• If need be, can the FLS and CRUD checking be done on a one-time run in an install script?
    • Does Salesforce have any plans of either adding FLS checking for custom controllers or adding methods to Apex for checking credentials similar to the Force.com EASPI library? (https://code.google.com/p/force-dot-com-esapi/)
Thanks, I look forward to hearing any feedback on this issue.

For our use case we need to be able create Custom Objects (metadata) on the fly, possibly copied from a template object then modified.

 

How would I go about this, and are there any examples out there?

 

I've already seen this other thread:

http://boards.developerforce.com/t5/Apex-Code-Development/Is-it-possible-to-call-Metadata-API-from-Apex-code-Getting-Error/td-p/119412

 

I haven't been able to implement this though.   I've exported the WSDL, converted it to apex, and put it into a class via the Force IDE.  The class saves/compiles, but I've been unable to actually write any apex using it to do anything, as I can't find any examples and I am not clear on what the syntax should be (though from the end of the thread it appears they were not successful either?).

 

Has anyone done this successfully?  I actually see that there has been a related contest put up at http://blogs.developerforce.com/developer-relations/2012/01/developer-content-contest-2-metadata-api.html but I need to figure out if what I need is possible quickly since whether/how we use salesforce hinges on this

  • February 09, 2012
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Hi

 

 

I have a webservices class and I generate a class from wsdl and now I need to write test class for it but here there are no methods in it and only having  variables and classes, here I wrote test class creating an object for each class and Inner class also but not covered it showing 0%.

 

 

can any one help in this plz

 

 

thanks

SRS

Hi All,

 

I am new to Saleforce development. Please can any one guide me to sample apex code to create(add) custom fields to custom or standard objects dynamically using Salesforce Metadata API in my development org.

 

Thanks in advance.

  • June 29, 2011
  • Like
  • 0
Last week, it was brought to my attention that security reviews and audits are now asking ISVs to check for Field Level Security (FLS) and Object CRUD permissions prior to any DML outside of standard controllers.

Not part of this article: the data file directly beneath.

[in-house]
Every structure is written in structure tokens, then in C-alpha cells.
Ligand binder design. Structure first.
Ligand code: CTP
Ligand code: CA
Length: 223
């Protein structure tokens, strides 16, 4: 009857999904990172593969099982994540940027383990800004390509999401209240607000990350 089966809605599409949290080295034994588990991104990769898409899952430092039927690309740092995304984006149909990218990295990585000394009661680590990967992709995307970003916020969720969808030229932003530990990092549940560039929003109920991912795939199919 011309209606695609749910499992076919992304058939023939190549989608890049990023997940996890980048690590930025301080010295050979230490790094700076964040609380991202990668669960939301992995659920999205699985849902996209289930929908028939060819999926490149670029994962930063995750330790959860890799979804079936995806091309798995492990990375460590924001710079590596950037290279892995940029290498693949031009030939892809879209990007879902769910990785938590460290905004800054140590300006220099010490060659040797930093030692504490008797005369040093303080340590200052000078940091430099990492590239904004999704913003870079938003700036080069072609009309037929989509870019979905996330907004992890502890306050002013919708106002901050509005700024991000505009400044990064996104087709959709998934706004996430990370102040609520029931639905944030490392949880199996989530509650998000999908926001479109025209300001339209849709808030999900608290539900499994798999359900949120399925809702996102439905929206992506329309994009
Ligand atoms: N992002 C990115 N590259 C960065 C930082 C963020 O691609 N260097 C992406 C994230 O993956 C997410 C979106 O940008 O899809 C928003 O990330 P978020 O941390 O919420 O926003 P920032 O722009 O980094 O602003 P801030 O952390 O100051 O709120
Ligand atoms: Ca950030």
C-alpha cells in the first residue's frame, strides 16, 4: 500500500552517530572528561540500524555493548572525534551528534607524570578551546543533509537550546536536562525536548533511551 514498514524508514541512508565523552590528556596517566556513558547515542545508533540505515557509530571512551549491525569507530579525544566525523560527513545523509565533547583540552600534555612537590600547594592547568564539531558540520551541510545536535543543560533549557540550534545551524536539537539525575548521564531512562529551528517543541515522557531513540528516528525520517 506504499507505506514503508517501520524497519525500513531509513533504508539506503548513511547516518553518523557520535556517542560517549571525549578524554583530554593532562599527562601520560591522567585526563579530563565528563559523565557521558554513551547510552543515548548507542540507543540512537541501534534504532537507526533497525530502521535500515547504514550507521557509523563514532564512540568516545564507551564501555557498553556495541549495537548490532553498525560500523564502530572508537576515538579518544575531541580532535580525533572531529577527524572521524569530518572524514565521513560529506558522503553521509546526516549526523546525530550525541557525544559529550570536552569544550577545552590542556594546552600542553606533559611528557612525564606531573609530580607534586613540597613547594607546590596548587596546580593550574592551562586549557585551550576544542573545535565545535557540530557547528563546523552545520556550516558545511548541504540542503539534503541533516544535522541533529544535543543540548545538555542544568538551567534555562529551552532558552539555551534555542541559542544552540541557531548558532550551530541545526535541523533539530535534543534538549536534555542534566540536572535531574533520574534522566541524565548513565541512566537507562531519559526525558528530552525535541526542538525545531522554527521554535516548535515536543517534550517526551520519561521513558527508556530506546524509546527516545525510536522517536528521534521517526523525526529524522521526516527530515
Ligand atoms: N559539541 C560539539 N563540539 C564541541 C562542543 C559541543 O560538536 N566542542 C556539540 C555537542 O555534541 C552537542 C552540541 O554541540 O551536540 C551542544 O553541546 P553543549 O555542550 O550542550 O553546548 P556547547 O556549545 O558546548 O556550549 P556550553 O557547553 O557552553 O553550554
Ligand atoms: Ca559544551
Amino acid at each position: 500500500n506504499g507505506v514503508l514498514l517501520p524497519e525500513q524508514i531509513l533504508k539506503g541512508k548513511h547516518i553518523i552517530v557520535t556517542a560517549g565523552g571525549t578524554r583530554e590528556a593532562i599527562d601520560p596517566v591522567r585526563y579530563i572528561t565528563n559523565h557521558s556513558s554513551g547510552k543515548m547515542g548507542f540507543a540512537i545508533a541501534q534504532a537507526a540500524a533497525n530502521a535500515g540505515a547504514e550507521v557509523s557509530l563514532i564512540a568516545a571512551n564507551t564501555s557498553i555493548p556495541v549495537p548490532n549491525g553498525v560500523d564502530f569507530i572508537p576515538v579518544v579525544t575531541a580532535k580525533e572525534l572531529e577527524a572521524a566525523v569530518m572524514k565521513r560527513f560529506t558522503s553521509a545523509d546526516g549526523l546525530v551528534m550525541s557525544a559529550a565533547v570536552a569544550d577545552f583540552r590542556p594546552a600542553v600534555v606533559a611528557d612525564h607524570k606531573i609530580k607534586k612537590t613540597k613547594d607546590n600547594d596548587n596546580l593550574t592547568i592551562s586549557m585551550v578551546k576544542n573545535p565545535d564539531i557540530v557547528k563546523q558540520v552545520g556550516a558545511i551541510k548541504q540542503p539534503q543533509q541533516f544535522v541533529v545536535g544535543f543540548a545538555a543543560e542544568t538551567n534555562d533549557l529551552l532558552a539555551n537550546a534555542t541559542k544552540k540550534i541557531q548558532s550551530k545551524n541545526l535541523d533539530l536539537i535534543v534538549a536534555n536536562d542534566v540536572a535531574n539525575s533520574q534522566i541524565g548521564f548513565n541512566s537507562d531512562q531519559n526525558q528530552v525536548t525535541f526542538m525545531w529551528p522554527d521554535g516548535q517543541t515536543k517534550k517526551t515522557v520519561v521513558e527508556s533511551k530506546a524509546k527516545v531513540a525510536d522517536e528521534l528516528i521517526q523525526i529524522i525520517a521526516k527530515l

This is a fairly radical change that impacts a lot of managed package applications across the board. I and others have several concerns about this change in the security review process:
  1. Why the sudden change in security review policy?  
    • None of the ISVs I have talked to were informed of the change prior to being either audited or submitting any apps for security review.  The only official documentation I can find on the change is a blurb in the Security Scanner help page here: http://security.force.com/security/tools/forcecom/scannerhelp.  
    • As ISVs, it would be greatly appreciated to have an official Security Review Guide, that is updated well in advance to when policy changes like this take place.  Some ISVs have several packages, others lots of customizations, and we all need time to prepare for the security review.
  2. Has the security scanner been updated to enforce this rule yet?
    1. I have not run an app through the Security Review process recently, so I am curious if this rule has been implemented already in the security scanner. (http://security.force.com/security/tools/forcecom/scanner)
  3. Why force FLS and CRUD checks on every DML transaction?
    • I am a fan of using standard controllers when necessary, but several apps, including one my company develops rely heavily on Custom Controllers.  In most cases where FLS comes into play, typically it's a simple fix of a profile permission or permission set that resolves the issue.  Instead, now, we have to implement FLS and CRUD checking prior to each DML transaction.  This adds complexity on top of existing DML calls.  
    • If need be, can the FLS and CRUD checking be done on a one-time run in an install script?
    • Does Salesforce have any plans of either adding FLS checking for custom controllers or adding methods to Apex for checking credentials similar to the Force.com EASPI library? (https://code.google.com/p/force-dot-com-esapi/)
Thanks, I look forward to hearing any feedback on this issue.